Removal of perchlorate (ClO4-) while using granular-activated carbon (GAC) that had been preloaded with cetylpyridinium chloride was appraised using Rapid Small-Scale Column tests (RSSCT) and pilot-scale demonstration. ClO4- competed with nitrate, sulfate, chloride, and other anions for ion exchange sites on the preloaded carbon. Tests used native groundwater from Fontana, CA, which contained nitrate of 32/mg/L as NO3-, 7/μg/L as ClO4 -, and 1.9/μg/L (as U) of uranyl carbonate species (predominantly UO2(CO3)34-) species. RSSCT with Fontana groundwater exhibited ClO4- breakthrough at 25,000 bed volumes. When the same groundwater was spiked to three times the native NO 3- concentration, ClO4- breakthrough occurred at 12,000 bed volumes. When the total dissolved solids (TDS) increased from the native 250/mg/L up to 660-810/mg/L TDS, by adding magnesium sulfate, sodium bicarbonate, or sodium chloride, the bed-life for removing ClO 4- increased by 10%-30%. This result was attributed to perchlorate's competition with native UO2(CO 34-, which limited the bed-life for ClO4- breakthrough. Specifically, at higher TDS the computed activity coefficient of UO2(CO3) 34- decreased relative to that of single-charged ClO 4-, and this effectively yielded more favorable ion-exchange competition by the ClO4-. Pilot-scale studies that used elevated nitrate levels in the water exhibited similar trends to the RSSCTs. These effects further emphasized the compounded competition that the uranyl carbonate posed on cetylpyridinium chloride-tailored GAC where this surfactant had been loaded in compact-micellar configuration. This represents an important consideration for a number of groundwater sources where uranium appears in trace concentrations.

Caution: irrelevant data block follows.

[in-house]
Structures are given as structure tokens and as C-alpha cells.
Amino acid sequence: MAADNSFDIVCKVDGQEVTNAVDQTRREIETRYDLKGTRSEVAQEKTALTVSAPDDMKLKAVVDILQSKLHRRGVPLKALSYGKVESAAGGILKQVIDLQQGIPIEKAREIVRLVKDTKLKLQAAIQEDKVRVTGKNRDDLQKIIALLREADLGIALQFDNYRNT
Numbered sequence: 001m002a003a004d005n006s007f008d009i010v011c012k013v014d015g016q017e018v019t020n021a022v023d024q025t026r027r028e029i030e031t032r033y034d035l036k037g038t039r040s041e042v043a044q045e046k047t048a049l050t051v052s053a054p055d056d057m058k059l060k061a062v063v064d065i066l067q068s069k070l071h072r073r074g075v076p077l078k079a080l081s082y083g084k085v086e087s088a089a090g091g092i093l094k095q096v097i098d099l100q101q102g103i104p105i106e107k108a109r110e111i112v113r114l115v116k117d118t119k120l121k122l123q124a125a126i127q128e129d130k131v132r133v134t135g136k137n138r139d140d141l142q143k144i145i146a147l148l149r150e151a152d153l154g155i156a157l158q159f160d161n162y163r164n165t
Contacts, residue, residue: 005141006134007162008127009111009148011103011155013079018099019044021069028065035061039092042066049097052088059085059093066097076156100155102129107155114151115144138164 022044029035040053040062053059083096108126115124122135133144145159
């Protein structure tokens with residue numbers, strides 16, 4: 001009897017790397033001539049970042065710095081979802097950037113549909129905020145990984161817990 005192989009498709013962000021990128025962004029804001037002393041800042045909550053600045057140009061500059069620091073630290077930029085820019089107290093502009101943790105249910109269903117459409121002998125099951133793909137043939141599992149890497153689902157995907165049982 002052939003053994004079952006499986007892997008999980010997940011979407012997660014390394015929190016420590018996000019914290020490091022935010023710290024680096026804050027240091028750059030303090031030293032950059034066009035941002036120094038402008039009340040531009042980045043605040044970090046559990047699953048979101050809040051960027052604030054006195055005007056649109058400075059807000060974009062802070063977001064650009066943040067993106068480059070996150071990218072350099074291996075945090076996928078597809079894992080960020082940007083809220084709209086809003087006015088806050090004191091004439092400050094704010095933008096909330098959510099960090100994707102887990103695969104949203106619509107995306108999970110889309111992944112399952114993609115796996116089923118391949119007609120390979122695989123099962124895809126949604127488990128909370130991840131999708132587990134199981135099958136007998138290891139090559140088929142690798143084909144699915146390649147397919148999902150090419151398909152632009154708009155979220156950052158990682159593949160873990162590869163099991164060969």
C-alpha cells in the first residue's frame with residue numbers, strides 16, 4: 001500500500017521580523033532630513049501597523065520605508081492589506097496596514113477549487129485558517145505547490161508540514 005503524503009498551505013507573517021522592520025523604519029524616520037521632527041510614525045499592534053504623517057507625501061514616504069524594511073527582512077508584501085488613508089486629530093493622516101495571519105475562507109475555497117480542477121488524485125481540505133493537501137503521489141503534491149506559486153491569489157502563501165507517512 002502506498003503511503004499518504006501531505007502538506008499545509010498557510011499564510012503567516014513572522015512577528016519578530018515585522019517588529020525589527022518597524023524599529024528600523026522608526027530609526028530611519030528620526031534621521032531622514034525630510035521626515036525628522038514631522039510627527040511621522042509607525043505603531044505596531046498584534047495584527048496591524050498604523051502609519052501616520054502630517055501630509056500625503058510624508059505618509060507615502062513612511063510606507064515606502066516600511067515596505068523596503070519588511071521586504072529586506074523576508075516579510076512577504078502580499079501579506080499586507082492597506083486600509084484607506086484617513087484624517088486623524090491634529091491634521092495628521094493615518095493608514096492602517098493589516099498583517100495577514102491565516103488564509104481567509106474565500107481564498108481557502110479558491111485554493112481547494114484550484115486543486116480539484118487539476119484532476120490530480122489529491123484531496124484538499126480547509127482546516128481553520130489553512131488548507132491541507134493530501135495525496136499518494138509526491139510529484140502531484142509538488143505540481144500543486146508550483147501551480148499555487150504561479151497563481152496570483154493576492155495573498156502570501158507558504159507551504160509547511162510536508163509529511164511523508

All Science Journal Classification (ASJC) codes
- Environmental Chemistry
- Waste Management and Disposal